Demographics and data on obsessive–compulsive symptoms of the subjects are summarized in Table 1. Significant main effects of ‘obsessive–compulsive symptoms score’ were found for the Padua Inventory Abbreviated obtained in 2002 [F(1,120.66)=579.32, P<0.001], Padua Inventory Abbreviated current scores [F(1,122.19)=87.91, P<0.001], lifetime and current Yale–Brown Obsessive–Compulsive Scale symptoms scores [F(1,124.23)=34.26, P<0.001; F(1,122.31)=34.95, P<0.001] as well as lifetime and current Yale–Brown Obsessive–Compulsive Scale severity scores [F(1,135.67)=14.34, P<0.001; F(1,134.54)=50.27, P<0.001]. Furthermore, an interaction between ‘obsessive–compulsive symptoms score’ and ‘twin pair type’ (discordant/concordant) was found for Padua Inventory Abbreviated current scores [F(1,122.19)=8.12, P=0.005] and lifetime Yale–Brown Obsessive–Compulsive Scale severity scores [F(1,135.67)=9.66, P=0.002]. In both cases, this was due to larger differences between high- and low-scoring twins in concordant compared with discordant groups. There was no significant ‘obsessive–compulsive symptoms score’ by ‘twin pair type’ interaction for the Yale–Brown Obsessive–Compulsive Scale subcategories aggressive/checking, hoarding/saving, symmetry/ordering and washing/cleaning, either across the whole life span [aggressive/checking: F(1,126.32)=3.04, P=0.084; hoarding/saving: F(1,128.86)=0.01, P=0.929; symmetry/ordering: F(1,126.35)=2.19, P=0.141; washing/cleaning: F(1,130.15)=0.00, P=0.962] or at the time of MRI scanning [aggressive/checking: F(1,126.49)=1.13, P=0.289; hoarding/saving: F(1,115.37)=0.00, P=0.987; symmetry/ordering: F(1,120.28)=1.09, P=0.299; washing/cleaning: F(1,131.56)=0.60, P=0.439].
Table 1 also shows scores on questionnaires measuring comorbidities in the discordant and concordant twin pairs. Significant main effects of ‘obsessive–compulsive symptoms score’, were found for lifetime and current comorbidity scores measured with the Mini International Neuropsychiatric Interview [F(1,132.70)=21.60, P<0.001; F(1,116.75)=11.48, P<0.001], tic scores [F(1,118.47)=4.92, P=0.028], Beck Depression Inventory scores [F(1,136.69)=8.67, P=0.004] and State Trait Anxiety Inventory scores [F(1,134.43)=6.27, P=0.013]. There was no significant main effect of ‘obsessive–compulsive symptoms score’ with regard to State Trait Anxiety Inventory scores [F(1,122.61)=2.09, P=0.150]. Significant ‘obsessive–compulsive symptoms score’ by ‘twin pair type’ interactions were absent for all comorbidity measures.
Figure 2 indicates Tower of London task response accuracy (top) and response latency (bottom) as a function of task load for twins scoring high and low on obsessive–compulsive symptoms in both the discordant (Fig. 2A) and concordant groups (Fig. 2B). Significant main effects of variable ‘task load’ across groups indicated that reaction accuracy decreased and reaction times increased with increasing task difficulty [response accuracy: F(1,221.14)=89.37, P<0.001; response latency: F(1,168)=263.70, P<0.001]. There was no significant main effect of ‘obsessive–compulsive symptoms score’ for either the baseline condition [accuracy: F(1,126.80)=0.23, P=0.632; latency: F(1,134.85)=0.23, P=0.629] or during planning [accuracy: F(1,181.76)=0.51, P=0.477; latency: F(1,285.81)=0.94, P=0.332]. In addition, there was no significant interaction between ‘task load’ and ‘obsessive–compulsive symptoms score’ [accuracy: F(1,221.14)=0.94, P=0.440; latency: F(1,168)=1.09, P=0.365], or a significant ‘task load’ by ‘obsessive–compulsive symptoms score’ by ‘twin pair type’ interaction [accuracy: F(1,221.14)=0.69, P=0.600; latency: F(1,168)=0.51, P=0.728]. In short, high-scoring twins of either discordant or concordant pairs did not perform differently to the low-scoring twins.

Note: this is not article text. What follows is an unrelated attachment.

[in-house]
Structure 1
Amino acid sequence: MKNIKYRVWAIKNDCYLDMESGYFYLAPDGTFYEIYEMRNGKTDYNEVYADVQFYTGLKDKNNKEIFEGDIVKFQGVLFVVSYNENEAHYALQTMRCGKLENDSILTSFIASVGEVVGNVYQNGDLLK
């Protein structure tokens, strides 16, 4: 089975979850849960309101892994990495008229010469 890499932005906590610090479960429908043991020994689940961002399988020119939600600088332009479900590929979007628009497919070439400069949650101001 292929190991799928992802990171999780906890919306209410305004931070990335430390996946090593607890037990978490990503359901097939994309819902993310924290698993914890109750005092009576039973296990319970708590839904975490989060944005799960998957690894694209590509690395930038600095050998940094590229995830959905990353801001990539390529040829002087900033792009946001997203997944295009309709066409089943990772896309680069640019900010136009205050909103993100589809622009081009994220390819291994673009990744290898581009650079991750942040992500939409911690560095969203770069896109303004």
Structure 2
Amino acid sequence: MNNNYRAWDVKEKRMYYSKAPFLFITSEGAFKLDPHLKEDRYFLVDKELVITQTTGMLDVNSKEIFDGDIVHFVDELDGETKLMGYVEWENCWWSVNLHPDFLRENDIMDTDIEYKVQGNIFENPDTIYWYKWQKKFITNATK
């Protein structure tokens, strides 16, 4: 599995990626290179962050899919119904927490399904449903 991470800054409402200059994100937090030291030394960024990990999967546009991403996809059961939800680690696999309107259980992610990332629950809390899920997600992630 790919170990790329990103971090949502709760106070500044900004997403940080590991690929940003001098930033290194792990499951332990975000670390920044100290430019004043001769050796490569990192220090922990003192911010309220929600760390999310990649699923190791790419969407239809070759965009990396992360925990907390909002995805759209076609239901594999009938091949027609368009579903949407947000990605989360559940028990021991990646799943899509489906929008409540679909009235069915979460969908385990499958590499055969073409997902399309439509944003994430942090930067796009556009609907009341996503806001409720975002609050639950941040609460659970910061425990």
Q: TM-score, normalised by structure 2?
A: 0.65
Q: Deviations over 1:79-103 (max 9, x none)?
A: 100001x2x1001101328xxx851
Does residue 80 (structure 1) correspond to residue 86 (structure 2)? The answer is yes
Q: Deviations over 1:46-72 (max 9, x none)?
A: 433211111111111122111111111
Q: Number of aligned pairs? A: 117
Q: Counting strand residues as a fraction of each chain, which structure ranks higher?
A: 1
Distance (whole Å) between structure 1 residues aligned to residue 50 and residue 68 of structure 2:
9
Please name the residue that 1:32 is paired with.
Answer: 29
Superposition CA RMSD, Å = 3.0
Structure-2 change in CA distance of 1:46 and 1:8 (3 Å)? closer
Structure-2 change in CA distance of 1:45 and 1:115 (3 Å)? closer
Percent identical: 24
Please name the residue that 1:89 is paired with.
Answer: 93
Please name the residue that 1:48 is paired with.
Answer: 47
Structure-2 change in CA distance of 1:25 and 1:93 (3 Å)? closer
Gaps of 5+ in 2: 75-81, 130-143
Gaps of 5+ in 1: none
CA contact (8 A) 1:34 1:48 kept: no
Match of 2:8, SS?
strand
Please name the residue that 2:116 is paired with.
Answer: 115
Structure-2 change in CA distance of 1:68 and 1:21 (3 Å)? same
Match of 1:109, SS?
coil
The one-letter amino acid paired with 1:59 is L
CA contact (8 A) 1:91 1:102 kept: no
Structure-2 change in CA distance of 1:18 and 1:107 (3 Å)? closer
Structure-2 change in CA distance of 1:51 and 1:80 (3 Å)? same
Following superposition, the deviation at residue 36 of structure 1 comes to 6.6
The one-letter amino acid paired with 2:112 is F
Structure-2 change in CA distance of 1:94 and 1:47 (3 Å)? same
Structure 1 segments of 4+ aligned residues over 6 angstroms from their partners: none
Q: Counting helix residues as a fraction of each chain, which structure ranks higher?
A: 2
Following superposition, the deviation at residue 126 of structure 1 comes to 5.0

Activated brain regions for the ‘planning versus baseline’ and ‘task load’ contrasts are summarized in Fig. 3 and Table 2. In both the discordant and concordant groups, clusters of increased activation associated with Tower of London planning were noted in the parietal cortex [Brodmann areas (BA) 7 and 40], (pre)frontal cortex (BA 6, 8, 9, 10 and 46), anterior cingulate cortex (BA 32), caudate nucleus and thalamus pulvinar. For the ‘task load’ contrast, relative to ‘planning versus baseline’, there was a tendency for more robust task-related activation in regions of the inferior frontal lobes (BA 44 and 47) as well as left and right frontopolar areas (compare the anatomical renderings in the top and bottom panels of Fig. 3).
Table 3, left, and Fig. 4 show clusters of obsessive–compulsive symptoms-related differences in brain activation between the discordant-high and -low twins. For the ‘planning versus baseline’ contrast (Fig. 4A), twins scoring high on obsessive–compulsive symptoms compared with their low-scoring co-twins exhibited clusters of decreased brain activation in the premotor cortex (clusters labelled A and B in Table 3, left and Fig. 4A) and superior parietal cortex (Clusters F–H), both bilaterally, and right medial frontal cortex (Cluster C), right dorsolateral prefrontal cortex (Cluster D) and left inferior parietal cortex (Cluster E). Increased brain activation for twins scoring high on obsessive–compulsive symptoms was observed in the right middle temporal cortex (Cluster I). For the ‘task load’ contrast (Fig. 4B), clusters of decreased brain activation in twins scoring high on obsessive–compulsive symptoms relative to twins scoring low were noted in the left dorsolateral prefrontal cortex (cluster labelled J in Table 3, left and Fig. 4B) and right lingual cortex (Cluster K). Increased brain activation for the twins scoring high on obsessive–compulsive symptoms was observed bilaterally in the cingulate cortex (Clusters L and M).